Drone explodes at military parade in Yemen; at least 5 dead

Peace in Yemen was disrupted Thursday when a drone loaded with bombs exploded above a military parade, killing at least five soldiers and wounding dozens more, officials said.

A drone loaded with explosives detonated Thursday at a military parade, killing at least five people. File Photo by Abdulrahman Abdallah
A drone loaded with explosives detonated Thursday at a military parade, killing at least five people. File Photo by Abdulrahman Abdallah

The drone appeared to target senior military officers of Yemen’s government at a parade at the al-Anad base Thursday. More than a dozen military personnel were injured, including the head of Yemen’s Intelligence Service Mohammad Saleh Tamah, senior military commander Mohammad Jawas and Lahij governor Ahmed al-Turki, Al Jazeera reported. Yemeni Gen. Tabit Jawas disputed reports that senior leaders were hurt.
“We are all safe, our situations is good and our health is good,” Jawas said in a video.

Houthi spokesman Abdul Guddoos al-Shahari said Yemeni Army chief of staff Abdullah Al-Nakhee was also hurt. The rebel group immediately claimed responsibility for the attack, saying it targeted “invaders and mercenaries.”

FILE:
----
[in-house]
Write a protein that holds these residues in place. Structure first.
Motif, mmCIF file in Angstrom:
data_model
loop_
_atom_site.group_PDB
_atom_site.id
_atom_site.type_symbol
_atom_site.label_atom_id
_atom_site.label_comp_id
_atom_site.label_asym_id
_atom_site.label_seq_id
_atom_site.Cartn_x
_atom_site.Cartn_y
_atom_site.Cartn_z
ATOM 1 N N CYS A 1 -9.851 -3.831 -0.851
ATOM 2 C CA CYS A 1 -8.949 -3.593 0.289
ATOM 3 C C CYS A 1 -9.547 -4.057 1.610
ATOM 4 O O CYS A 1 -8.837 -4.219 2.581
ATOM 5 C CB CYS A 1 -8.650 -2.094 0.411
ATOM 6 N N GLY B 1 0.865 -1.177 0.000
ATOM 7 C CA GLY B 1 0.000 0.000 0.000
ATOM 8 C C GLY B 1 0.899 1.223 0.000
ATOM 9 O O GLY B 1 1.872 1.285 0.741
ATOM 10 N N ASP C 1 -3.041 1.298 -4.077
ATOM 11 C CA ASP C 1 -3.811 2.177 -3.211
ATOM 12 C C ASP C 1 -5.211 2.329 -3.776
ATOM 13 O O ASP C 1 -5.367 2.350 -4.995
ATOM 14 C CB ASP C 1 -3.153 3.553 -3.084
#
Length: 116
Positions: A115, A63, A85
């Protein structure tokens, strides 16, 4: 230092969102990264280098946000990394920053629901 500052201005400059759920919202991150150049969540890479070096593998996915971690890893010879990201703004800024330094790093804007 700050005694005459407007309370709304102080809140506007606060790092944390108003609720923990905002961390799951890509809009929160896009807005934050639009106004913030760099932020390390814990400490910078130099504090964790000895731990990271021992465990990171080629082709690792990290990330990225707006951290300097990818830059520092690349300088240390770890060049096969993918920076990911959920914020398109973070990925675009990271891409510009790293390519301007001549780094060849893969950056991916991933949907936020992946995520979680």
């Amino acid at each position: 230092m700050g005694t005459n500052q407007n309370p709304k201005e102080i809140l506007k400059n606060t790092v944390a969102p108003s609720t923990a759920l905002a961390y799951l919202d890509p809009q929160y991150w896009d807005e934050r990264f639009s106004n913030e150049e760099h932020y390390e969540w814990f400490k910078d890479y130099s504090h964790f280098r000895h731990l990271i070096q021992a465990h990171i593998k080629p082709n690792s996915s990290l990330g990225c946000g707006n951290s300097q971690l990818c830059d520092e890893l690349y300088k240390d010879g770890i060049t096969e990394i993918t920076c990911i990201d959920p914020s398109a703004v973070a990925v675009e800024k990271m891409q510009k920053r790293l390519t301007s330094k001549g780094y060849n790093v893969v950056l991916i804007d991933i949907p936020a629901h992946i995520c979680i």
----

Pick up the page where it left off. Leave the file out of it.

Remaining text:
Officials said the drone was loaded with more than 150 pounds of explosives.

The drone attack complicates the peace talks and raises questions about Iran’s role in arming the Houthi rebels.

“Once again this proves that the Houthi criminal militias are not ready for peace and that they are exploiting truces in order for deployment and reinforcements,” said Yemeni Information Minister Moammar al-Eryan. “This is time for the international community to stand by the legitimate government and force the militias to give up their weapons and pull out of the cities.”
The United Nations peace deal, brokered last month, ordered Houthi rebels to turn over the port city of Hudaydah so humanitarian aid could arrive. Policy experts said it wasn’t clear who should take control of the key port, however, which has led to confusion.

Martin Griffiths, the U.N. special envoy to Yemen, has said he will meet with Houthi rebel leaders to reach a lasting peace agreement.

ByNicholas Sakelaris